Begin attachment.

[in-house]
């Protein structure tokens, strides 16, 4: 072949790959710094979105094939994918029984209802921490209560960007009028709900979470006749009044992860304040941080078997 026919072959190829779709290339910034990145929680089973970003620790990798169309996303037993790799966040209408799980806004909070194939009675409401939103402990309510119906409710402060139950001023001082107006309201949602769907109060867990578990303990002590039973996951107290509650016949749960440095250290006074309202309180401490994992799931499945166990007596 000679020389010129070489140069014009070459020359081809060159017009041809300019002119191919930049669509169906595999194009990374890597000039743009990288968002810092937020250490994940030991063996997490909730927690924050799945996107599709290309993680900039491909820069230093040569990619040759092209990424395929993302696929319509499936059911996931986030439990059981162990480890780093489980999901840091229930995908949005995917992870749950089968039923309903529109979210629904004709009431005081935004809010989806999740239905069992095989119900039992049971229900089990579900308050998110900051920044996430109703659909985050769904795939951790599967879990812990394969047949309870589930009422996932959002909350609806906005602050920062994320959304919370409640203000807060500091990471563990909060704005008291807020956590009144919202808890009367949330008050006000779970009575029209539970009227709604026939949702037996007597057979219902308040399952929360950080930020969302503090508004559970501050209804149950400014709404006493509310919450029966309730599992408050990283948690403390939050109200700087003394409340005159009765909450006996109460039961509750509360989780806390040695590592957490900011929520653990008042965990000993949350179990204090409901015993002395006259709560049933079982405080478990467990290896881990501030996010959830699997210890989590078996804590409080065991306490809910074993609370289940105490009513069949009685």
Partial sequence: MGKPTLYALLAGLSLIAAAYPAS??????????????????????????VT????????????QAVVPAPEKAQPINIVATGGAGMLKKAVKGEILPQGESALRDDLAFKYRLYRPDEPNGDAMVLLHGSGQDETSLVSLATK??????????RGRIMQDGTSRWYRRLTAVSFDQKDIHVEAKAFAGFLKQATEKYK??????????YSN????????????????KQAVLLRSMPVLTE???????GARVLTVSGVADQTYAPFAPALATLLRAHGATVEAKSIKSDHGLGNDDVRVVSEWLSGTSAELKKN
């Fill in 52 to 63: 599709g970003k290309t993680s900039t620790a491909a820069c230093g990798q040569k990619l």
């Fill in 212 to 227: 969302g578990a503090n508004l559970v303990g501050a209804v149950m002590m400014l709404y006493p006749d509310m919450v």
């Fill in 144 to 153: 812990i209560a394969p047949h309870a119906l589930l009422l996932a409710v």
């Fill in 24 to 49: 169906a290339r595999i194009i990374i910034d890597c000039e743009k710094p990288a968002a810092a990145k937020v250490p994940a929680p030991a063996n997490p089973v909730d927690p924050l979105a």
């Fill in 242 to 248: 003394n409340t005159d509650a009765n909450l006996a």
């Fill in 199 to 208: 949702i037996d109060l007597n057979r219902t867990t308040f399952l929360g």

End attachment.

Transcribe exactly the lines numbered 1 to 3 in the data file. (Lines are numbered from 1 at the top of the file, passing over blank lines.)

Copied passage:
[in-house]
């Protein structure tokens, strides 16, 4: 072949790959710094979105094939994918029984209802921490209560960007009028709900979470006749009044992860304040941080078997 026919072959190829779709290339910034990145929680089973970003620790990798169309996303037993790799966040209408799980806004909070194939009675409401939103402990309510119906409710402060139950001023001082107006309201949602769907109060867990578990303990002590039973996951107290509650016949749960440095250290006074309202309180401490994992799931499945166990007596 000679020389010129070489140069014009070459020359081809060159017009041809300019002119191919930049669509169906595999194009990374890597000039743009990288968002810092937020250490994940030991063996997490909730927690924050799945996107599709290309993680900039491909820069230093040569990619040759092209990424395929993302696929319509499936059911996931986030439990059981162990480890780093489980999901840091229930995908949005995917992870749950089968039923309903529109979210629904004709009431005081935004809010989806999740239905069992095989119900039992049971229900089990579900308050998110900051920044996430109703659909985050769904795939951790599967879990812990394969047949309870589930009422996932959002909350609806906005602050920062994320959304919370409640203000807060500091990471563990909060704005008291807020956590009144919202808890009367949330008050006000779970009575029209539970009227709604026939949702037996007597057979219902308040399952929360950080930020969302503090508004559970501050209804149950400014709404006493509310919450029966309730599992408050990283948690403390939050109200700087003394409340005159009765909450006996109460039961509750509360989780806390040695590592957490900011929520653990008042965990000993949350179990204090409901015993002395006259709560049933079982405080478990467990290896881990501030996010959830699997210890989590078996804590409080065991306490809910074993609370289940105490009513069949009685």
Partial sequence: MGKPTLYALLAGLSLIAAAYPAS??????????????????????????VT????????????QAVVPAPEKAQPINIVATGGAGMLKKAVKGEILPQGESALRDDLAFKYRLYRPDEPNGDAMVLLHGSGQDETSLVSLATK??????????RGRIMQDGTSRWYRRLTAVSFDQKDIHVEAKAFAGFLKQATEKYK??????????YSN????????????????KQAVLLRSMPVLTE???????GARVLTVSGVADQTYAPFAPALATLLRAHGATVEAKSIKSDHGLGNDDVRVVSEWLSGTSAELKKN